Editor rating : 8
Editor rating : 8
Editor rating : 8
Editor rating : 8
Editor rating : 7.5
Nvidia is almost done with their Kepler onslaught and the newly launched GTX 650 Ti is one of the final pieces of the puzzle. The card fills the void between the GTX 650 and the GTX 660 and will eventually replace the GTX 560 right now and later on, even the GTX 550 Ti once the price drops. We have Asus’ take on the card with its Direct CU II cooler taking up just two slots this time around, instead of three. Let’s see how it stacks up against the competition.
Design and Build
Asus has gone with its own custom design with the PCB and has also added its DIGI+ VRM technology – that we've already seen on its motherboards – for a cleaner power delivery. The actual card is quite small but seems large due to the custom cooler on the front. Rather than designing a new cooler for the smaller PCB, which would mean an increase in cost, Asus has used the same dual-fan cooler that we’ve seen on higher-end cards like the GTX 680 and HD 7970.
You can connect up to four monitors with this card thanks to two dual-link DVI-D ports, VGA and HDMI. There are a few vents along the rear bracket as well, although it’s not needed since the cooler has an open design so the hot air escapes in the cabinet itself. The aluminium cooler has a copper base along with copper heatpipes to transfer the heat to the fins, which is then cooled by the two fans. The cooler extends the length of the card quite a bit – to 10 inches – so you’ll need a big cabinet to fit this in comfortably. The maximum power draw of the GTX 650 Ti is just 110W so you only need a single PCIe power connector. Nvidia recommends a 400W PSU as the bare minimum to properly power the card.
Built really well
The GTX 650 Ti is based on the same GK106 silicon used in the GTX 660. The stripped down card now features 768 CUDA cores and a core clock that runs at 928MHz. Asus’ card comes factory overclocked so the core clock now runs at 1033MHz. You also get 2GB of GDDR5 memory that runs at the reference speed of 1350MHz (5400MHz effective). The memory bus is still capped at 128-bit. While there isn’t any GPU Boost, you do get other features of Kepler, like TXAA and FXAA, Adaptive VSync and Nvidia Surround.
• Processor: Intel Core i7-2600K CPU @ 3.40GHz
• Motherboard: GIGABYTE P67A-UD3R
• Memory: G.Skill Ripjaws 8GB (4GB x 2) @1600MHz
• Hard drive: Intel SSD 520 240GB (Boot Drive), WD Velociraptor 300GB (Secondary Drive)
• GPU: Asus GTX 650 Ti Direct CU II
• PSU: Cooler Master Silent Pro 1000W
• OS: Windows 7 Ultimate 64-bit
As one would expect, the performance of the GTX 650 Ti falls in the middle of the GTX 650 and the GTX 660. It’s actually a lot faster than the GTX 650 simply because it’s based on the GTX 660 die. It even manages to outperform the GTX 560 in most of the benchmarks. On the temperature front, the Direct CU II cooler does an excellent job of keeping temperatures in check. The card idles at 36 degrees Celsius while on full load and does not go beyond 46 degrees Celsius.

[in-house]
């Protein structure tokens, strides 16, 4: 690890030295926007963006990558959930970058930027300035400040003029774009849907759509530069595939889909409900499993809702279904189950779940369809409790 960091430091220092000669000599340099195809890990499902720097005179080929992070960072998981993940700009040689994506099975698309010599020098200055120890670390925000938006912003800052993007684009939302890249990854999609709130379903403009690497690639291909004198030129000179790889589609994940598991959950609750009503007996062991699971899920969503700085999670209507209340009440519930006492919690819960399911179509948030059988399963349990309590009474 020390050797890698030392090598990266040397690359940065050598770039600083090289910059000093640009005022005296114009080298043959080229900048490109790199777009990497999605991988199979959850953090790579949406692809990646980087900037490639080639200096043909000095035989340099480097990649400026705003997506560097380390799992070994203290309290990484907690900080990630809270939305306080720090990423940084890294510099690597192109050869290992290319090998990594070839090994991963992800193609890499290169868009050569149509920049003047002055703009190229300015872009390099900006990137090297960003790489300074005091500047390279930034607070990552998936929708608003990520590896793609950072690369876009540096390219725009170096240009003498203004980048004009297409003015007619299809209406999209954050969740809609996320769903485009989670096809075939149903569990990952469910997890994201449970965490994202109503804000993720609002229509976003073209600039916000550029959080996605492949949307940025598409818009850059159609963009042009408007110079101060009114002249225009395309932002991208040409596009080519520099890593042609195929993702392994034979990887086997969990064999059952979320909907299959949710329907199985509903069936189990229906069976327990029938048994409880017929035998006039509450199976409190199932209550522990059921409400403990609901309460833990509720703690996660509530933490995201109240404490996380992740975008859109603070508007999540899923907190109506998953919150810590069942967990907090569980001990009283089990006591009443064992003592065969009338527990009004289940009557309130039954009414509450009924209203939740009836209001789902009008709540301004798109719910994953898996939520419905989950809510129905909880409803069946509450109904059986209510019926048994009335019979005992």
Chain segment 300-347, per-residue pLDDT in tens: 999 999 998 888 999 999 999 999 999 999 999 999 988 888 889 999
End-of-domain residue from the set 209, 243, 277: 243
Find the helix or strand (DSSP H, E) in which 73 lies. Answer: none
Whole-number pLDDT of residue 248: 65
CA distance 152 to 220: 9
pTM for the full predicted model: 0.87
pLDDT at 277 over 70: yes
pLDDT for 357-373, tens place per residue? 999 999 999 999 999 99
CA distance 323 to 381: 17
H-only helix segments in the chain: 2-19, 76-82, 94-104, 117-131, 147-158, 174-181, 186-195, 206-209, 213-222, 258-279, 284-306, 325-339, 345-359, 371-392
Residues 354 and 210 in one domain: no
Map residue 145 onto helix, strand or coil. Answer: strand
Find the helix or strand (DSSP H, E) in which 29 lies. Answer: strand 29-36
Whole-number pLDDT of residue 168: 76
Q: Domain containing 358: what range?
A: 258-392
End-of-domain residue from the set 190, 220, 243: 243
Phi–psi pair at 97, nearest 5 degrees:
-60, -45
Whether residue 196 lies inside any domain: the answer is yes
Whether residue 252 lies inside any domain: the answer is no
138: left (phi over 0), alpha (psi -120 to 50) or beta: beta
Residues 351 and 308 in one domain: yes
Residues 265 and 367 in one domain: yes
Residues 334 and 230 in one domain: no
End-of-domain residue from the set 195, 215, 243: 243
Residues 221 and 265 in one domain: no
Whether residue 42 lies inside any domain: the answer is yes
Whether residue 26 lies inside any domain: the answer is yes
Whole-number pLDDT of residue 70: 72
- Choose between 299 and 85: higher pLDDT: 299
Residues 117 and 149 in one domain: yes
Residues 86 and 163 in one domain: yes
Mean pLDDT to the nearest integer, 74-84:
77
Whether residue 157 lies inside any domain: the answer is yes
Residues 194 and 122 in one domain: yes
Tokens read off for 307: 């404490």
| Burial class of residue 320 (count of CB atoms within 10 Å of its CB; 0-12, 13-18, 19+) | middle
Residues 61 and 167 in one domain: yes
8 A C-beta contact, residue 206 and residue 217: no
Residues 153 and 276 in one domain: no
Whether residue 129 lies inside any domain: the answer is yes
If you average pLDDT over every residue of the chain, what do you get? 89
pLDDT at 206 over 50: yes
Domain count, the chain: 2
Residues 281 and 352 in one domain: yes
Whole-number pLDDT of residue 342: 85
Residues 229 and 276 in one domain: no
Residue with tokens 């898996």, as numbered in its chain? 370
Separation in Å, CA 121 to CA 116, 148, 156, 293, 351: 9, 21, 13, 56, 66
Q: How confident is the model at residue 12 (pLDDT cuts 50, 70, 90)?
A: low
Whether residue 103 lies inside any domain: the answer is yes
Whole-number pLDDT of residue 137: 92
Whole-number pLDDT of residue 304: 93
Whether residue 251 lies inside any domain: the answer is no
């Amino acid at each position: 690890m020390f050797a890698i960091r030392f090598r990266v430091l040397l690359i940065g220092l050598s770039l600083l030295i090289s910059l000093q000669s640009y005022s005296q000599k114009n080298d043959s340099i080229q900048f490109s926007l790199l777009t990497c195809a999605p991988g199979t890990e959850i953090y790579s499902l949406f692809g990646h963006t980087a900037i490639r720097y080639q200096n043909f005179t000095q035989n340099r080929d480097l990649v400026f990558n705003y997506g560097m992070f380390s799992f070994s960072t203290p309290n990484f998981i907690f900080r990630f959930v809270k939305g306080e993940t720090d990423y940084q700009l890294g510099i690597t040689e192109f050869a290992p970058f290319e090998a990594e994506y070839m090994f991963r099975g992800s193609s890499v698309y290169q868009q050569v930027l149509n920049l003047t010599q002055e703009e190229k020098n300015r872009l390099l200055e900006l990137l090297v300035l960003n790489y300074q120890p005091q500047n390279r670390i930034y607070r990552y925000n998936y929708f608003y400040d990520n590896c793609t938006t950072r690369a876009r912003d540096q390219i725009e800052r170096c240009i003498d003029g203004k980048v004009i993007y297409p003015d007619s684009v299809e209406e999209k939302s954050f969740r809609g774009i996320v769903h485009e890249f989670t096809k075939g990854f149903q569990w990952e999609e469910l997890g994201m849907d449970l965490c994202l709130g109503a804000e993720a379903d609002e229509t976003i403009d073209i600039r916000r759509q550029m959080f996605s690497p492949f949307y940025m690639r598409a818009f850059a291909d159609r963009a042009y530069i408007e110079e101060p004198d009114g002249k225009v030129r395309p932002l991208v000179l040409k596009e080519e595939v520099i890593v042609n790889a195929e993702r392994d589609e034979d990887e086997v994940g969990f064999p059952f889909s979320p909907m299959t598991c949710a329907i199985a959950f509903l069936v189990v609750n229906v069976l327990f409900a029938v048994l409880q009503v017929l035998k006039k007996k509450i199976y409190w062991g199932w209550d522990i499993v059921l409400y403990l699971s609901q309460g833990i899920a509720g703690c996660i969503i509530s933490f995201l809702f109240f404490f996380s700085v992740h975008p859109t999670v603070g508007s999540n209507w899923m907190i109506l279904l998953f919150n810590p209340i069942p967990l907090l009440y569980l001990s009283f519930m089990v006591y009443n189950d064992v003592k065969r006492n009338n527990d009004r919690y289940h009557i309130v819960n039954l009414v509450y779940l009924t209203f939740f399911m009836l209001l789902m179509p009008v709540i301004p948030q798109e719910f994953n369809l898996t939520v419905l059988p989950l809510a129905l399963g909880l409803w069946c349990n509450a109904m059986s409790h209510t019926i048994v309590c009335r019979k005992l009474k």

3DMark is a computer benchmarking tool created and developed by Futuremark Corporation to determine the performance of a computer's 3D graphics rendering and CPU workload handling capabilities. The latest version makes extensive use of all the new features in DirectX 11, including tessellation, compute shaders and multi-threading. We used the ‘Performance’ preset for this benchmark.
Battlefield 3 is a first-person shooter developed by EA Digital Illusions CE and is based on the new Frostbite 2 game engine. The game only supports DX10 and DX11, which enables enhanced in-game destruction with Destruction 3.0, creating more refined physics than its predecessor and quasi-realtime radiosity using Geometrics' Enlighten technology. The game is a visual treat and a nightmare for graphics cards, which makes it perfect for our test. We used the ‘Ultra High’ preset, Post AA: High, Blur: Full, Field of View: 90, Level: ‘Fear no Evil’.
Crysis 2 is a first-person shooter developed by Crytek and is based on the new CryEngine 3. Just like the first iteration of the game, Crysis 2 continues to be one of the best looking shooters to date. The settings used for this benchmark were ‘Ultra High’ preset in Adrenalin, DX11 and High-resolution texture patch.
Dirt 3 is a rallying video game and the third in the Dirt series of the Colin McRae Rally series, developed and published by Codemasters. The game is extremely scalable and features DX11 tessellation effects. We used the built-in benchmark tool, along with ‘Ultra’ quality preset.
Metro 2033 is a slightly older first-person shooter, which continues to bring even the toughest of graphics cards to their knees. The game has a lot of DX11 eye-candy, which really puts a strain on any GPU. All DX11 features were enabled for the benchmark and we used the “Tower” level for our test.
Batman: Arkham City
A sequel to Arkham Asylum, Arkham City features a more open-world style of gameplay as well as DX11 elements. For this test, we disabled Nvidia's PhysX, since it would be unfair to AMD’s cards. Everything else was maxed out.
Verdict and Price in India
The Asus GTX 650 Ti Direct CU II is priced at Rs.13,000, excluding taxes. This is a little expensive considering you can get the GTX 560 Ti or the HD 6950 for a little more, and they are both more potent cards than the GTX 650 Ti. At 10K, the GTX 650 Ti makes a good fit as it’s a good alternative to the HD 6850 or the HD 7770 for that matter.
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